clock menu more-arrow no yes

Filed under:

Positive and worrisome stats from Marlins players in Spring Training

Exhibition games should not dramatically change your opinion of a player, but they give us some trends to follow heading into the regular season.

MLB: Spring Training-New York Mets at Miami Marlins Steve Mitchell-USA TODAY Sports

The Marlins have wrapped up Spring Training with a 15-13 record and have since returned to Miami to focus on the real games (beginning with Thursday’s Opening Day).

Before throwing away the numbers entirely, let’s acknowledge some specific player performances that really stood out.

Positive: .439

The shortstop Miguel Rojas maintained an awesome .439 BA throughout the spring. Of all the position players for the Marlins, Rojas had the highest batting average coming from his 41 at-bats. Also, his .940 OPS was third on the team for players with over 30 at-bats. Coming off a 2018 season which saw Rojas hit just .252, his spring was one of the brightest spots for Miami.

Worrisome: 9.37

Pitcher Wei-Yin Chen posted a 9.37 ERA, and it wasn’t pretty at all. Chen started four games, and allowed 25 hits through 16 13 innings pitched. Though expected to be in the starting rotation in 2019, manager Don Mattingly made the move to switch Chen to the bullpen, and he’s being payed $20 million, which makes that dreadful ERA even more nauseating.

Positive: 2.27

Pitchers Pablo Lopez, Trevor Richards and Caleb Smith combined for a 2.27 ERA. When putting together the ERA of all five starters from 2018, which was 4.30, 2.27 looks amazing. All three starters, Lopez, Richards and Smith also recently made the PitcherList.com latest Top 100.

If they’re able to carry this momentum into the regular season, the impact that’ll have for the Marlins will be indescribable.

Worrisome: 18

The 18 is the number of times outfielder Lewis Brinson struck out in spring training. If the Marlins are going to improve from 2018, Brinson is going to have to take on a larger role and produce larger numbers. Last year, Brinson struck out 17 times in spring training, and then his 30 K% in the regular season was the worst among Marlins starting position players. While he did lead the team with five home runs in the spring and finished third in hits, he’s got to bring that strikeout number down.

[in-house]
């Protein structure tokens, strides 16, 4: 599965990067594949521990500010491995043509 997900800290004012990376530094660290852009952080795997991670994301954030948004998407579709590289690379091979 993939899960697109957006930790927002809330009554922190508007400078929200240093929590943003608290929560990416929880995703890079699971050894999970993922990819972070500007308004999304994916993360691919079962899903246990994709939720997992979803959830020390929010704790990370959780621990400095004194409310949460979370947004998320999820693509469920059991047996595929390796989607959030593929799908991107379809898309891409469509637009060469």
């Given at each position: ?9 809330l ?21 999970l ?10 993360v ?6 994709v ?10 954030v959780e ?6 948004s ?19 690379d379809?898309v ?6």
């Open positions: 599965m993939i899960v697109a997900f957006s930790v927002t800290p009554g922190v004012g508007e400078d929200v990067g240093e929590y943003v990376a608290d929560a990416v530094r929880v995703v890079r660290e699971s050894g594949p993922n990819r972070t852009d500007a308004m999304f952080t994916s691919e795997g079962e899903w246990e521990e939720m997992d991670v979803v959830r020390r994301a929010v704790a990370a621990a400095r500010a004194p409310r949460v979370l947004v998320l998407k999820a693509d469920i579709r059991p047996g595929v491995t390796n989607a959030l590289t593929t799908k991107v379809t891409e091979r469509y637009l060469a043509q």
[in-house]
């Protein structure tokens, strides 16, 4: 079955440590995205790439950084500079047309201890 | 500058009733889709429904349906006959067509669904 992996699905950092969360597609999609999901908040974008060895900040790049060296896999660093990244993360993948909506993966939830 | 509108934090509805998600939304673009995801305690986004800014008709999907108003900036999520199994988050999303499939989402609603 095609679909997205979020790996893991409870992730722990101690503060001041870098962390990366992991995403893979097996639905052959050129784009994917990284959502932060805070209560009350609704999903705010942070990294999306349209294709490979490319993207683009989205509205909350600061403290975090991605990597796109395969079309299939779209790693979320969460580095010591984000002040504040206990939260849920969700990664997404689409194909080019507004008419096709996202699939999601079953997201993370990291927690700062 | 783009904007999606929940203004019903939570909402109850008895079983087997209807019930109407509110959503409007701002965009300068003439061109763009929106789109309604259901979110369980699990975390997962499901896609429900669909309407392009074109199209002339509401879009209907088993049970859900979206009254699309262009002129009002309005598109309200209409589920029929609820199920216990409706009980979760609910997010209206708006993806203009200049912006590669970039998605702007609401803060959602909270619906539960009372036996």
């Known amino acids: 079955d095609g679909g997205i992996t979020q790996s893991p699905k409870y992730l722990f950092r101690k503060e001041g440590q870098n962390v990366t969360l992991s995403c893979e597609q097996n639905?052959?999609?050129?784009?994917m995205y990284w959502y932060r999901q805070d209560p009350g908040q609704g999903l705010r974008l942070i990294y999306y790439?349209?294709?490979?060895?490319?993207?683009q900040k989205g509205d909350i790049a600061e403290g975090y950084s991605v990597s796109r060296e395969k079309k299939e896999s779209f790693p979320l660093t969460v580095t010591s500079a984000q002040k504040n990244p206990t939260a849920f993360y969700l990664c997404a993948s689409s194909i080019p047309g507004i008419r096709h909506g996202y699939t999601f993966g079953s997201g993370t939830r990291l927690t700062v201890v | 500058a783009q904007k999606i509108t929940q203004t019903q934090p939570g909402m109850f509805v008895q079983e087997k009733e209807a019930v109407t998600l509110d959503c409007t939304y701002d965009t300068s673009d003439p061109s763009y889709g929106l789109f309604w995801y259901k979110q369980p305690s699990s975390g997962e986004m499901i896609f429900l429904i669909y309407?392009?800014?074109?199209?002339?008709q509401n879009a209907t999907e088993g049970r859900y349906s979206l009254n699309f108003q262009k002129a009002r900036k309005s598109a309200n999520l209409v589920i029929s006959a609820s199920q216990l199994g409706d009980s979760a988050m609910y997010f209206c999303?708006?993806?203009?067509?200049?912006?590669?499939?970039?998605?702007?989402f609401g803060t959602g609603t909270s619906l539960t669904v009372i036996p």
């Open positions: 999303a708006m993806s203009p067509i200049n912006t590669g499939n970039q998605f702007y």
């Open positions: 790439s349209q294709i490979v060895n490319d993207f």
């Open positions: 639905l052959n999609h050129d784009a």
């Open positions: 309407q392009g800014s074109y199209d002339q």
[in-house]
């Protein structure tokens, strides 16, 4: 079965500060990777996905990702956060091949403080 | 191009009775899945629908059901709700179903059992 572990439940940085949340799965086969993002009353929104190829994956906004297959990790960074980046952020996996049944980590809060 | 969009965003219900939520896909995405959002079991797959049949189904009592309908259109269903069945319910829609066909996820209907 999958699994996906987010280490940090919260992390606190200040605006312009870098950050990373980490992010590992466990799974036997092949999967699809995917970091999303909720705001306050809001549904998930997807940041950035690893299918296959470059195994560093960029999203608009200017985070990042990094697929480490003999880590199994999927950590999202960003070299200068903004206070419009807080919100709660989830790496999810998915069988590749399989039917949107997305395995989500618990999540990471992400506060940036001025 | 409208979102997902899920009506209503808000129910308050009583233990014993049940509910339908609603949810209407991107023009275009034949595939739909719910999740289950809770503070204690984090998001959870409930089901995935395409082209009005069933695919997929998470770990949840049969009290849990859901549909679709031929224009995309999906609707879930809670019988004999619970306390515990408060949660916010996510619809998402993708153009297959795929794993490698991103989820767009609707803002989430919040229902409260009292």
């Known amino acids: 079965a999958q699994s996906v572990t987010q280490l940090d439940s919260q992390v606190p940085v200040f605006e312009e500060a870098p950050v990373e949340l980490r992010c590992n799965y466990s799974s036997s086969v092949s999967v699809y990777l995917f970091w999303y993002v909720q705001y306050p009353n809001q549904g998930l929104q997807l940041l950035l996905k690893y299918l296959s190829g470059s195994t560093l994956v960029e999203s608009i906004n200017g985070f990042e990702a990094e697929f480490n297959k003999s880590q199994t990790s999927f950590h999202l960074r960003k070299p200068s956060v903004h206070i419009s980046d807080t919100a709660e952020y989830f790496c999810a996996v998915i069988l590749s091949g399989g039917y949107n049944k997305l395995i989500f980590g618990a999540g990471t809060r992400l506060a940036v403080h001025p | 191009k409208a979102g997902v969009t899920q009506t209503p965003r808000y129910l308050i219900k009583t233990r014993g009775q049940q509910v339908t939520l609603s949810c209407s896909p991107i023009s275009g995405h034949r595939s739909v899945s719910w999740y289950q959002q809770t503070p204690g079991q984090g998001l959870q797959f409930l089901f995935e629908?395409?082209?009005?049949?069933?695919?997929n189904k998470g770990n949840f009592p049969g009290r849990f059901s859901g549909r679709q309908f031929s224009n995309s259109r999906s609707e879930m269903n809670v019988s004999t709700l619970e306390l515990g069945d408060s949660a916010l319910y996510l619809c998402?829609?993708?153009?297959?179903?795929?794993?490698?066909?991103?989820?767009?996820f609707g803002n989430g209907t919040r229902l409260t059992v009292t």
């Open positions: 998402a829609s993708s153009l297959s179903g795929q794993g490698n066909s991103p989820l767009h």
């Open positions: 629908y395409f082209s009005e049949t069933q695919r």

Positive: .354 and 1.081

What are these two numbers? Just the batting average and OPS of Miami’s third-baseman Brian Anderson. After a successful rookie season in 2018, Anderson has now become one of the faces of this young Marlins team. The 25-year-old was also third on the ball club this spring with nine RBI’s. The development of Anderson and fellow second-year man Brinson is going to be critical to keeping the rebuild moving on schedule.

Positive: 2.63

If the Marlins are going to move forward, they’ll need the kind of production they got this spring from starting pitcher Jose Urena, and his 2.63 ERA. In 2018, we saw several shades of Urena, like when he went 1-2 in August with a 5.33 ERA. Or the month after in September, when Urena finished the season strong, going 5-0 with an ERA of just 1.20.

Urena pitched the only complete game for the Marlins last season (Aug. 19 vs. Nats)
Photo by Scott Taetsch/Getty Images

With up-and-comers like Richards and Smith in the rotation, there’s been speculation that the Marlins could move Urena at the trade deadline. His efficiency right out of the gate could go a long way toward determining whether or not the front office seriously entertains that possibility.

Positive: 21, .395, .926

Great news for the Marlins fans—those numbers are the games played, batting average and OPS throughout spring training for Garrett Cooper. The left fielder played in just 14 games last season after injuries ruined his 2018. Now, he’s made the Opening Day roster, and many think that his contributions at the plate will provide a huge boost to what was arguably MLB’s weakest lineup.